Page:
The soccer “rondo,” 5 v 2, 4 v 1, etc.  is where technique and skill, teamwork, competition, problem solving, and competitiveness all come together. It is where players learn to bring the ball across the body to make the right pass and decide whether the pass should be one touch or two.   It has also become the start off point for many soccer practices to start their progressions.  But do coaches focus enough on the defensives aspect of this game?  I mean, nobody wants to be embarrassed for staying too long in the middle, right?   So, I want goalkeepers and coaches that integrate the rondo into the practice to incorporate goalkeeper techniques that can help all soccer players who find themselves in the middle of the rondo.

When we at Just 4 Keepers Washington play rondo, just like at any field player practice, we start with the feet. However, being that playing goalie requires added  skills that focus on principles of defense as well, goalkeeper coaches will focus on the defensive principle of “delay” primarily, due to the fact that a goalie will inevitably find themselves in a 1 v 1 situation where they must delay and mirror an attacker.  To master the rondo it’s just as important for field players to incorporate this technique as well. Of course, when the time comes every player in the middle may have to pounce as well.  In the goalkeeper training an added dimension of having the goalkeeper only use the hands to defend also help create the correct “stalking stance” that all goalkeepers us when faced with 1 v 1.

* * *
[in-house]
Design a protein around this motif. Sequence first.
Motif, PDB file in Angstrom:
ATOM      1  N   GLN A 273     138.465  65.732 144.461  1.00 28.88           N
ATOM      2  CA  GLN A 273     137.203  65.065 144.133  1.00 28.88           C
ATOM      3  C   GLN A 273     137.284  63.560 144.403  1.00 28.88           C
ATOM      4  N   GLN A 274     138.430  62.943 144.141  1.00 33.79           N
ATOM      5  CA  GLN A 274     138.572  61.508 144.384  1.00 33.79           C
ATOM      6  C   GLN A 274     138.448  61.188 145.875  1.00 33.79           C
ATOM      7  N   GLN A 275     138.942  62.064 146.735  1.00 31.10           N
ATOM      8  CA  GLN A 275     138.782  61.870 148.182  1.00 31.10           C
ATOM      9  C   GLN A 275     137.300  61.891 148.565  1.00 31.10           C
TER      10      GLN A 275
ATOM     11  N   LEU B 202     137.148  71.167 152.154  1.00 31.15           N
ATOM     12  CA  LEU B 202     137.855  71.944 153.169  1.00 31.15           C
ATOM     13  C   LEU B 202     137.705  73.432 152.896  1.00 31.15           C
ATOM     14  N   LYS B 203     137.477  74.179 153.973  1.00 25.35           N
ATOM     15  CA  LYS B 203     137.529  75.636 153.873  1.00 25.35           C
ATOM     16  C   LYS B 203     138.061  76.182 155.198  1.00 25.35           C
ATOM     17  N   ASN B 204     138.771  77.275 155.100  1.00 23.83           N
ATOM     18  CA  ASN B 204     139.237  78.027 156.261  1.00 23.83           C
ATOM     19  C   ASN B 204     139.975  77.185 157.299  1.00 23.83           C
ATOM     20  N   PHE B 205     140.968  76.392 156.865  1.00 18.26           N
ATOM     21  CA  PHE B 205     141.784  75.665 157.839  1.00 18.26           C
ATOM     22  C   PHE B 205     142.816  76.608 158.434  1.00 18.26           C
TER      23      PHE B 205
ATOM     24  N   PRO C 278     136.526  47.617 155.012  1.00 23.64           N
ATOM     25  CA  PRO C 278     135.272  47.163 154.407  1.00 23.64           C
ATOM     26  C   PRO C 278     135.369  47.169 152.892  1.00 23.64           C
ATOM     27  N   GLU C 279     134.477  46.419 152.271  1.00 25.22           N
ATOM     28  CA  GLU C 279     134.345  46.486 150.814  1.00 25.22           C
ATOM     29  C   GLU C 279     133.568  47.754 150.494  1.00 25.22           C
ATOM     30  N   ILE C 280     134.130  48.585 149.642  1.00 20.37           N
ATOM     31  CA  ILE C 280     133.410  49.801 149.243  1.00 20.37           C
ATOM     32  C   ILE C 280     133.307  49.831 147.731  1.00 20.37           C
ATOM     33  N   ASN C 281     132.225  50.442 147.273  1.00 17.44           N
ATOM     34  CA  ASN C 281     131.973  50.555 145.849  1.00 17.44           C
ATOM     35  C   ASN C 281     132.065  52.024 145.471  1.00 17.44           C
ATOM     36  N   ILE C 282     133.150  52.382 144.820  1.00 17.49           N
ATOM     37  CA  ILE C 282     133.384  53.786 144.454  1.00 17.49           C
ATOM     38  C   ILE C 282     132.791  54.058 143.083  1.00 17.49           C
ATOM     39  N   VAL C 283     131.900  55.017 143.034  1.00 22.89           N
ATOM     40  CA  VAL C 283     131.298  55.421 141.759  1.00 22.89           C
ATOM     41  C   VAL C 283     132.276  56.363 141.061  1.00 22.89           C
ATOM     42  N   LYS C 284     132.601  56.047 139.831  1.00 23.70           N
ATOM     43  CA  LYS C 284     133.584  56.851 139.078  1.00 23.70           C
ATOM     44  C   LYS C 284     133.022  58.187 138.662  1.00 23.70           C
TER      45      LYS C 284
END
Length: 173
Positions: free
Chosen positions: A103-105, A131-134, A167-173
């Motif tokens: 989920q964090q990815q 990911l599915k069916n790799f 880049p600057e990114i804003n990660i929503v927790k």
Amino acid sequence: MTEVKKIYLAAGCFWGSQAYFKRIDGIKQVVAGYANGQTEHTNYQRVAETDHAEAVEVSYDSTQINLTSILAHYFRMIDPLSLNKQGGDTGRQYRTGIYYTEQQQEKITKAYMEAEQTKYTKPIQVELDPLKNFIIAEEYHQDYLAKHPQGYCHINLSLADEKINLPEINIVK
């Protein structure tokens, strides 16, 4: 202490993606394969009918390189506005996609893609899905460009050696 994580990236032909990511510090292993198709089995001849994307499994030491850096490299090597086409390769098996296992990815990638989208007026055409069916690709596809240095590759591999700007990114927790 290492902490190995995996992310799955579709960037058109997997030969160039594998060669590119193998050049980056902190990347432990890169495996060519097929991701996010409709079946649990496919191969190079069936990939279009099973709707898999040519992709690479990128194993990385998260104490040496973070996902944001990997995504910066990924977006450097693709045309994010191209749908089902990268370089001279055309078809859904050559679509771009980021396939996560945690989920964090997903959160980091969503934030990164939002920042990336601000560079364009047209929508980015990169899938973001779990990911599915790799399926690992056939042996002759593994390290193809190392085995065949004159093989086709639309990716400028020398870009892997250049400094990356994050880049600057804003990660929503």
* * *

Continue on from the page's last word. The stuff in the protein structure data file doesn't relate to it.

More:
Something to consider for goalkeeper training session is then, “The Goalkeeper Rondo,” where the goalkeeper has to focus on 1 v 1 technique such as, “stalk, mirror, and pounce” with coaching points of keeping the feet close together, hands low and palms forward, knees bent, patience, and not crossing the feet when moving.  

The barrier postion is also used when goalkeepers play rondo.